vs. Stockton Kings
When: 7 p.m. today
Where: Memorial Coliseum
The Mad Ants' roster is stocked with mostly first- and second-year players, so it's beneficial for coach Steve Gansey to have a calming presence like Davon Reed around.
“He calms everybody down,” Gansey said. “And if I'm going nuts, he calms me down, too.”
Asked how Reed is able to put the reins on his coach, Gansey said: “He'll just look at me and say, 'Coach, we've got it. It's good. Shut up.'”
Come again? Reed, one of those in his second professional season, tells his coach to zip it?
“He's doing it with respect,” Gansey said, chuckling. “But sometimes I've just got to sit back and let those guys talk (among) themselves.”
Reed, a 6-foot-5 guard, is on a two-way contract that has him splitting time between the Indiana Pacers and the Mad Ants. He has spent most of his time with the Mad Ants, averaging 14.6 points, 5.7 rebounds and 2.6 assists in 18 games, though he has played sparingly in four games for the Pacers.
His statistics, even in the G League, may pale in comparison with those of other Pacers prospects, including Alize Johnson and Edmond Sumner, but the praise he gets from Gansey is just as large.
“Davon is talking. He's got good body language. He's helping some of these guys,” Gansey said. “He's a second-year guy and he doesn't act like it, his whole personality. He wills us to victory in some games this year, and it's great to have him.”
Asked if he's really told Gansey to shut up, Reed, 23, laughed and said: “No comment on that.”
But Reed, who spent his rookie season in the Phoenix Suns' organization, went on to explain: “We've just all got to calm down sometimes. There are points in the games when we all get a little antsy, the players and coaches, and it's natural.
“My college coach (at Miami, Florida), Jim Larraņaga, always said, 'If you play the game the right way, it'll take care of itself.' That's what I want to emphasize every time I'm on the court. If we play the right way on both ends of the floor, the score will take care of itself, so let's just have poise and trust in our work and trust in our game.”
Reed played in 21 games last season with the Suns, who released him just before this season. The Pacers, who had coveted Reed throughout pre-draft workouts in 2017, pounced on him immediately. Gansey was at those workouts, where Reed's maturity was lauded, but the Suns selected him in the second round before Indiana took Ike Anigbogu, who now splits time between the Pacers and Mad Ants also.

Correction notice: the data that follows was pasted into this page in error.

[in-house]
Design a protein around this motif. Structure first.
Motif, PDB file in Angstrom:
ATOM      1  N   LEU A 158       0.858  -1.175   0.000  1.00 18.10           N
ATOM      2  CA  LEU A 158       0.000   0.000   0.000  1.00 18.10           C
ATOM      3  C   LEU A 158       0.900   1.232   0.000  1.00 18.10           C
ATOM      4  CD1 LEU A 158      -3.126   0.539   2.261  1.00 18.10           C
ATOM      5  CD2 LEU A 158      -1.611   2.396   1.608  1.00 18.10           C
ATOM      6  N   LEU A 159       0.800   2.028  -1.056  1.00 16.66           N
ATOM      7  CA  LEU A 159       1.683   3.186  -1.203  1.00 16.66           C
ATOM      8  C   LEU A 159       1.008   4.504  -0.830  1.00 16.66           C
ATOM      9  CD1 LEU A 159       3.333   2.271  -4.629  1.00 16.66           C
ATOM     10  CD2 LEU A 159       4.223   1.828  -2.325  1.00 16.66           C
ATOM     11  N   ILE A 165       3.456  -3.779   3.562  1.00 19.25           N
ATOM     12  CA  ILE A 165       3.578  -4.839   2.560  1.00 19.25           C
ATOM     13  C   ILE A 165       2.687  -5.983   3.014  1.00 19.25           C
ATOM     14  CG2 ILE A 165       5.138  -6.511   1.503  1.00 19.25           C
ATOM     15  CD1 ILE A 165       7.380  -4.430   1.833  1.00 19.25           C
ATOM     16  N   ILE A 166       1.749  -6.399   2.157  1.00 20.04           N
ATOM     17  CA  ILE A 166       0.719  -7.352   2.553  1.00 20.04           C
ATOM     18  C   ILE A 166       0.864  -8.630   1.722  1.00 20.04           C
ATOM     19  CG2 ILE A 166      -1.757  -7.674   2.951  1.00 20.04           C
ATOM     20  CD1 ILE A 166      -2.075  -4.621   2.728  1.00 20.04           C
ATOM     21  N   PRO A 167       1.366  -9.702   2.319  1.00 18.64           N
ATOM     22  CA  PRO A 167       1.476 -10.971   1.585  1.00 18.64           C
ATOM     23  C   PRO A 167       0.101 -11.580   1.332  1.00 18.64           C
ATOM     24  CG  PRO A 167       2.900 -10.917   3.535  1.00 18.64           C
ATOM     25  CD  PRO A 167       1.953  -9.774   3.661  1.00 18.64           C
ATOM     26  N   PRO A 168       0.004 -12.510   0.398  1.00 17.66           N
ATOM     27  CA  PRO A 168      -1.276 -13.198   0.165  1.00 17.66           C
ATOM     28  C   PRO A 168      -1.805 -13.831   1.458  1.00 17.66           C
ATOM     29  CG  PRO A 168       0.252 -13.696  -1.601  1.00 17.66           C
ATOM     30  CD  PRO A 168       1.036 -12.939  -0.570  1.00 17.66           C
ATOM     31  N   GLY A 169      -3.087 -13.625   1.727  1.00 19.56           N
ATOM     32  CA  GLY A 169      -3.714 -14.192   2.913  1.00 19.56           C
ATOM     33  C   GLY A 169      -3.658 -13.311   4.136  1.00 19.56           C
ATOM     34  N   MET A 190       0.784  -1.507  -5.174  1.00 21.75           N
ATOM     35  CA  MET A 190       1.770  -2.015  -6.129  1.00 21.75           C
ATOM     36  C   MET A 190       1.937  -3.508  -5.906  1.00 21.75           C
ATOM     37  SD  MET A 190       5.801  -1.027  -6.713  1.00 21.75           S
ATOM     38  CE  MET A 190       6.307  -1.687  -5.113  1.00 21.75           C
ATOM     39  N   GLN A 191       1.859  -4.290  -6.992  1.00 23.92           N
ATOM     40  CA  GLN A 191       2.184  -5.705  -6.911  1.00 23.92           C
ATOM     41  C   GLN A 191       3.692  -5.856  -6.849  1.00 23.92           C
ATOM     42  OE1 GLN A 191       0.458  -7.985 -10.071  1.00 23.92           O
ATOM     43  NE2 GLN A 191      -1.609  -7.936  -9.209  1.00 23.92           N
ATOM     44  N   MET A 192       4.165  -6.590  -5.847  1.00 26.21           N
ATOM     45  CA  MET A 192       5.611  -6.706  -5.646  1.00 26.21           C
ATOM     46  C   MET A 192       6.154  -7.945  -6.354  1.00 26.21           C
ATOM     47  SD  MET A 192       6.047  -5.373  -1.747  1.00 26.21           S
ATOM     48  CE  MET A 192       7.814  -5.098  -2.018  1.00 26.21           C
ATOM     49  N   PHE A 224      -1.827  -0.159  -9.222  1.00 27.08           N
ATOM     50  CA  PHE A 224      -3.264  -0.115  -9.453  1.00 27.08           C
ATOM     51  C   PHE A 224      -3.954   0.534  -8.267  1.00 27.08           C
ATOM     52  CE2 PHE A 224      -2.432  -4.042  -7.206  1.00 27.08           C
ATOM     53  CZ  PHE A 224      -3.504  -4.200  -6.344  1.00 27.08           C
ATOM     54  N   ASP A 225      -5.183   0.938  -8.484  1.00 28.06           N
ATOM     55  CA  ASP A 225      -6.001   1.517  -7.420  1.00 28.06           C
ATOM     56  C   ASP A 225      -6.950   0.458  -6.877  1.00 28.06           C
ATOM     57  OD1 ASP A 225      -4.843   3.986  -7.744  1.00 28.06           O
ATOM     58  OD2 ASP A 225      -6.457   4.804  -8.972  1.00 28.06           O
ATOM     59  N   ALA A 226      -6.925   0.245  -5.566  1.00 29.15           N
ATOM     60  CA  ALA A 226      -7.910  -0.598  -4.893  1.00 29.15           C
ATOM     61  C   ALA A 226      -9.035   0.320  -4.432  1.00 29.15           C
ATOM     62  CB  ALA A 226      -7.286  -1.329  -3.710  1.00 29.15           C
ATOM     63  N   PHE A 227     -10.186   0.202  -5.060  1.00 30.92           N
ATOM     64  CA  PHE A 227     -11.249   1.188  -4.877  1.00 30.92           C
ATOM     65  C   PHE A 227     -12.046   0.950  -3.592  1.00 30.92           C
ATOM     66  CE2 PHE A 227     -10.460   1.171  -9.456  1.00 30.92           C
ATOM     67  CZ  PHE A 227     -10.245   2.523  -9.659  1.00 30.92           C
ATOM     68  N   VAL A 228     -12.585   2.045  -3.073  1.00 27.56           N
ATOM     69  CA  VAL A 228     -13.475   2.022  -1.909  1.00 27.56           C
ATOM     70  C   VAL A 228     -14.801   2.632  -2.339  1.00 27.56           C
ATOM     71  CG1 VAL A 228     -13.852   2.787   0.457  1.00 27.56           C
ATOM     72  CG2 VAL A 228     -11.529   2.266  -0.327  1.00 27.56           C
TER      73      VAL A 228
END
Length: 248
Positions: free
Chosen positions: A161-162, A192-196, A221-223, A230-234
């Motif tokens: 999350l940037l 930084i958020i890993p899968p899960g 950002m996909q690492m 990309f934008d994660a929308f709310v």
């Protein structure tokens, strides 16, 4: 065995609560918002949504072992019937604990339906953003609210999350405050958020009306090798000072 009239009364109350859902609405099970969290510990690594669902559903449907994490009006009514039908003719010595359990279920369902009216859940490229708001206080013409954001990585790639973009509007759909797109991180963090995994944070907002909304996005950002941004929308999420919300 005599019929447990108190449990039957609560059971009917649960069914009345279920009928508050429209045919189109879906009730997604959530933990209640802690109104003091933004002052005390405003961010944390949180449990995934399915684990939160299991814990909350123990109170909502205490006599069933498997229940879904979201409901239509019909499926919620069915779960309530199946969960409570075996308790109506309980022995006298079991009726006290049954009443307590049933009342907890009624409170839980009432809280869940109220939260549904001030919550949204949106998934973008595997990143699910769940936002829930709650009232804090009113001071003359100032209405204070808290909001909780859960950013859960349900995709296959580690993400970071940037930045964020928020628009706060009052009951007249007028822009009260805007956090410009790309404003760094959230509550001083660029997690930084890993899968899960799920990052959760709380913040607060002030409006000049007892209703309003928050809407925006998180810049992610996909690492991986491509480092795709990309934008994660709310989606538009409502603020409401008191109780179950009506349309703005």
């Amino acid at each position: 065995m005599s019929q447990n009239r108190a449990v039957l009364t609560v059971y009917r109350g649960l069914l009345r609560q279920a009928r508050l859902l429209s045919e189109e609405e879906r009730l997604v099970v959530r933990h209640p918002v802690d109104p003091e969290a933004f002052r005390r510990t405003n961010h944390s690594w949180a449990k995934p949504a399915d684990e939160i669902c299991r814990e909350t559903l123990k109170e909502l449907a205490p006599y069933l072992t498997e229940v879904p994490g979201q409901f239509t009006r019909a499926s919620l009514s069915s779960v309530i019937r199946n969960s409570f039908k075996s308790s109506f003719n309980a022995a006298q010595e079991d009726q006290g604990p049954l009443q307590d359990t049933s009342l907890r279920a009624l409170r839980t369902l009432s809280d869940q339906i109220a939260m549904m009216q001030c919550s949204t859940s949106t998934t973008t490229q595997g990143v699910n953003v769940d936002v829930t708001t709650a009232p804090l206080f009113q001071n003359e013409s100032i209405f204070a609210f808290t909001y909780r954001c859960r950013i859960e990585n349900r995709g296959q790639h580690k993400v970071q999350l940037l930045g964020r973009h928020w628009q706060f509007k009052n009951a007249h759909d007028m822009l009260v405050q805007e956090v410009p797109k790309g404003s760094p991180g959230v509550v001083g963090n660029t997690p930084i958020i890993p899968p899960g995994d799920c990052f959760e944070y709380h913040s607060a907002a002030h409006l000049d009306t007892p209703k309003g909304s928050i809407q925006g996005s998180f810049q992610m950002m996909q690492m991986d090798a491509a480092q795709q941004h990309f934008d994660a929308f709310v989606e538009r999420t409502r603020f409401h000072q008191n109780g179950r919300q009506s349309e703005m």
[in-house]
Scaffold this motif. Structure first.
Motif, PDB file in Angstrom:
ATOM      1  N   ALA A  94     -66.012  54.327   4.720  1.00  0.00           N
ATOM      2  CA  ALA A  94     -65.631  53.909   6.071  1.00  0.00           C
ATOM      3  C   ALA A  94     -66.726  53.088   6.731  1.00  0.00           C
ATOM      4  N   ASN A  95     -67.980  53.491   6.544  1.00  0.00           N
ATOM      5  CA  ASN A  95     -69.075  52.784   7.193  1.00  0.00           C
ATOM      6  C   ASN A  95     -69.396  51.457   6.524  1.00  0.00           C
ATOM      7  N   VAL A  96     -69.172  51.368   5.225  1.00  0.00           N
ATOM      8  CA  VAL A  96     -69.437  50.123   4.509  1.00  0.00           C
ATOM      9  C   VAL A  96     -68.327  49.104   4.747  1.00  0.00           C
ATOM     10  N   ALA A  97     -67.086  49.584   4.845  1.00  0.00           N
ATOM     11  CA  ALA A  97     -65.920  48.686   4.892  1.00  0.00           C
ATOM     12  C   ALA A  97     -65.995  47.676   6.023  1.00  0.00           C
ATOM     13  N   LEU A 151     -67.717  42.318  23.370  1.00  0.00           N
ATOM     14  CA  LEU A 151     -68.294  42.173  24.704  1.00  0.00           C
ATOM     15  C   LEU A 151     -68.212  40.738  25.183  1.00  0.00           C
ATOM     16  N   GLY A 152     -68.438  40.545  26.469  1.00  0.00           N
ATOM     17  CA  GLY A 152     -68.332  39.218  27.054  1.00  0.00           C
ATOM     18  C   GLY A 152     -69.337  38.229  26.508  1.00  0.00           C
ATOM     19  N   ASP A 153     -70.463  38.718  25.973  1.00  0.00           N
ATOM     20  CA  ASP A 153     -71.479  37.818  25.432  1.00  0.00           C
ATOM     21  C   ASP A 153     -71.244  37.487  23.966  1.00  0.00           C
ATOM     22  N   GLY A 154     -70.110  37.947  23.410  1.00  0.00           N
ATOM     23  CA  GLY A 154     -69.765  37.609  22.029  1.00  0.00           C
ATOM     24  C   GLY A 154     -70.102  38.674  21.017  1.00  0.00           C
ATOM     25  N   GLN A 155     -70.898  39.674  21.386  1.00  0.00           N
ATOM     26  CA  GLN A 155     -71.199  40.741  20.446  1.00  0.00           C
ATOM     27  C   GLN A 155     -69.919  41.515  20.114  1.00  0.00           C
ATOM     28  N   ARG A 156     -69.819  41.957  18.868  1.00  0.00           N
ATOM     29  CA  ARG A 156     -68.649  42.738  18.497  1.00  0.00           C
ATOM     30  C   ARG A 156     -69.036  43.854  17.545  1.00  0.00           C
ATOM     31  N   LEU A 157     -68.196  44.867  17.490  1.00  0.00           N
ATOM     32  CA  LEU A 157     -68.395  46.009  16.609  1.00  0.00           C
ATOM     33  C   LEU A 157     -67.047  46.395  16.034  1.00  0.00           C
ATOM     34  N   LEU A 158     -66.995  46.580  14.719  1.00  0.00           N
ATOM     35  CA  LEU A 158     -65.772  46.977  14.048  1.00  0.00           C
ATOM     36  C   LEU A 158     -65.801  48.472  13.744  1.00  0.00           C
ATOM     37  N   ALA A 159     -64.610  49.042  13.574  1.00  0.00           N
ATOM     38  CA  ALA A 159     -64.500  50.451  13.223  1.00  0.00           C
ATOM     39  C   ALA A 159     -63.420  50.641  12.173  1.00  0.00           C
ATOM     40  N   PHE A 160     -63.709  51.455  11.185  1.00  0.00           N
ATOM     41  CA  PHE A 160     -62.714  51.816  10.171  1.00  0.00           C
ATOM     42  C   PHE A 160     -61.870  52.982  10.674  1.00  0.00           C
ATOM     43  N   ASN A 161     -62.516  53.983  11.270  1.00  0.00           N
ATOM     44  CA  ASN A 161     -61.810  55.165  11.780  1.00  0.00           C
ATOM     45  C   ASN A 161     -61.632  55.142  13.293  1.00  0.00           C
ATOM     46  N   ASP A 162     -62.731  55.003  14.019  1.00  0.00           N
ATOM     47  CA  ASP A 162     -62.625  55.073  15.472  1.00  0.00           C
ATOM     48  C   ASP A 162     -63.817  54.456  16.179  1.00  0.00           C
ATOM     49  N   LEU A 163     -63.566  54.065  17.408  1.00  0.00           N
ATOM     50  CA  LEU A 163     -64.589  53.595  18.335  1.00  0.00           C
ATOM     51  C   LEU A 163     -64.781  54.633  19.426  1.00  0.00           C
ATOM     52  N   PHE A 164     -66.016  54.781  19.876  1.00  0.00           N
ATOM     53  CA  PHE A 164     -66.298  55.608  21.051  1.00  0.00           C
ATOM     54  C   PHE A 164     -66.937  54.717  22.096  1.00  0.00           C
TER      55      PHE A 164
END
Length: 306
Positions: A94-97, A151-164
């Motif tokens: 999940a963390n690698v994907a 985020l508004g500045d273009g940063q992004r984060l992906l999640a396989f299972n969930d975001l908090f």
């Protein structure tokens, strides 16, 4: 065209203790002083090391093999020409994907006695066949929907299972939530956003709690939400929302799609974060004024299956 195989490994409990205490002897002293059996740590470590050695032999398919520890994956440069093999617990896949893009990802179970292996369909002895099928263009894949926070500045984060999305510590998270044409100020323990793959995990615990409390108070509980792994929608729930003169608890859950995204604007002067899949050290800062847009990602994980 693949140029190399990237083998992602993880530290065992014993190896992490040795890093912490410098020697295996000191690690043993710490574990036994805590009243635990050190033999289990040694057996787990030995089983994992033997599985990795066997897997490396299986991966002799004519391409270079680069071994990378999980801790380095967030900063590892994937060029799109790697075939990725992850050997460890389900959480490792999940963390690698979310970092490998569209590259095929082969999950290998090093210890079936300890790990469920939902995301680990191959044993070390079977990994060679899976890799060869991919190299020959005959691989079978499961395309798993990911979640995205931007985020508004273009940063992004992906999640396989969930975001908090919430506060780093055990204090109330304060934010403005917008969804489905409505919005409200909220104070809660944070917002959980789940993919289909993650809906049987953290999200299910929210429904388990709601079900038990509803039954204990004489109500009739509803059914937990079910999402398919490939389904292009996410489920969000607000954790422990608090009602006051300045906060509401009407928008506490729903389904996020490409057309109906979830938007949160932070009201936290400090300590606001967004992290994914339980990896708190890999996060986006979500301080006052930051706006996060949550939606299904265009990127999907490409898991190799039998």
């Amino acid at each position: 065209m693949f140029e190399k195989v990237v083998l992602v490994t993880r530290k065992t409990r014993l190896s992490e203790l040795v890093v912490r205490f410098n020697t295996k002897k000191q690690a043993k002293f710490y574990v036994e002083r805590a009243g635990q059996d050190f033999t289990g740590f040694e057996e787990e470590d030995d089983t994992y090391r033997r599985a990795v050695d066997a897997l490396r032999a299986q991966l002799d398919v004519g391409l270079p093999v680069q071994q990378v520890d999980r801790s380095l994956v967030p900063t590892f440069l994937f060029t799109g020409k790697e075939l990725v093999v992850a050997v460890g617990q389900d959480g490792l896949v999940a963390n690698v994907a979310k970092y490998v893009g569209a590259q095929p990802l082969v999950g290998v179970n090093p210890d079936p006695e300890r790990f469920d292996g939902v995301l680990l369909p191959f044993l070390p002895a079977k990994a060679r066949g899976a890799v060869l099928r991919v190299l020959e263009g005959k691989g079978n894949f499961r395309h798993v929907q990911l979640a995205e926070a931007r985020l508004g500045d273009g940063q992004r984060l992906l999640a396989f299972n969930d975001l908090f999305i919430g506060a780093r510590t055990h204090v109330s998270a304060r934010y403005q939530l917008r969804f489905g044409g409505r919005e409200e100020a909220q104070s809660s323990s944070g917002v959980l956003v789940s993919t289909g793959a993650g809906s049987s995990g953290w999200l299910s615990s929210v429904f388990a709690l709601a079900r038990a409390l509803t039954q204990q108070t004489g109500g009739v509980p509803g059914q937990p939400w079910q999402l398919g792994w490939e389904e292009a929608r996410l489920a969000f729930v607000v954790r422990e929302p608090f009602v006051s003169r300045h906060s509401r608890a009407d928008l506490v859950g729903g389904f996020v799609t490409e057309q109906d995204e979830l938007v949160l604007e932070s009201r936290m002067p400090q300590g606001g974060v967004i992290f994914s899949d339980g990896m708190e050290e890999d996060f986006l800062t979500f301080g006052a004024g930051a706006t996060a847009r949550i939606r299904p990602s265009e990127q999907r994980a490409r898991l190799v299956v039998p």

“I'm always trying to grow, trying to learn when I'm up there (with the Pacers),” Reed said. “I feel like as long as you play the game, you have room to grow and room to learn. When I come here (to Fort Wayne), I bring the same approach that I do (with the Pacers) or with any team – a winning attitude, play the right way, and the score will take care of itself – and I just want to lead by example at both ends of the floor.”
The Mad Ants (11-11) play host to the Stockton Kings (12-8) at 7 p.m. today at Memorial Coliseum. The Kings have Snider graduate Reggie Hearn, who is averaging 9.6 points and 4.3 rebounds in 16 games this season.
He was named USA Basketball Male Athlete of the Year in November, after helping the U.S. to a 5-1 record in qualification games for the FIBA World Cup.
The Mad Ants have shown improvement recently, though they lost their last game, 127-99 to the Iowa Wolves, in Des Moines, Iowa, on Saturday night. Gansey hopes that Reed's leadership helps the young players get the message that consistent effort is needed every game.
“He's around these guys off the court and knows how to talk to certain individuals probably a little better than me,” Gansey said.
Reed doesn't think it's that odd that someone so young can lead so well.
“I've always been a leader on every team I've been on,” he said. “It's just a gift I've been blessed with, so I'm just trying to carry that over everywhere I go.”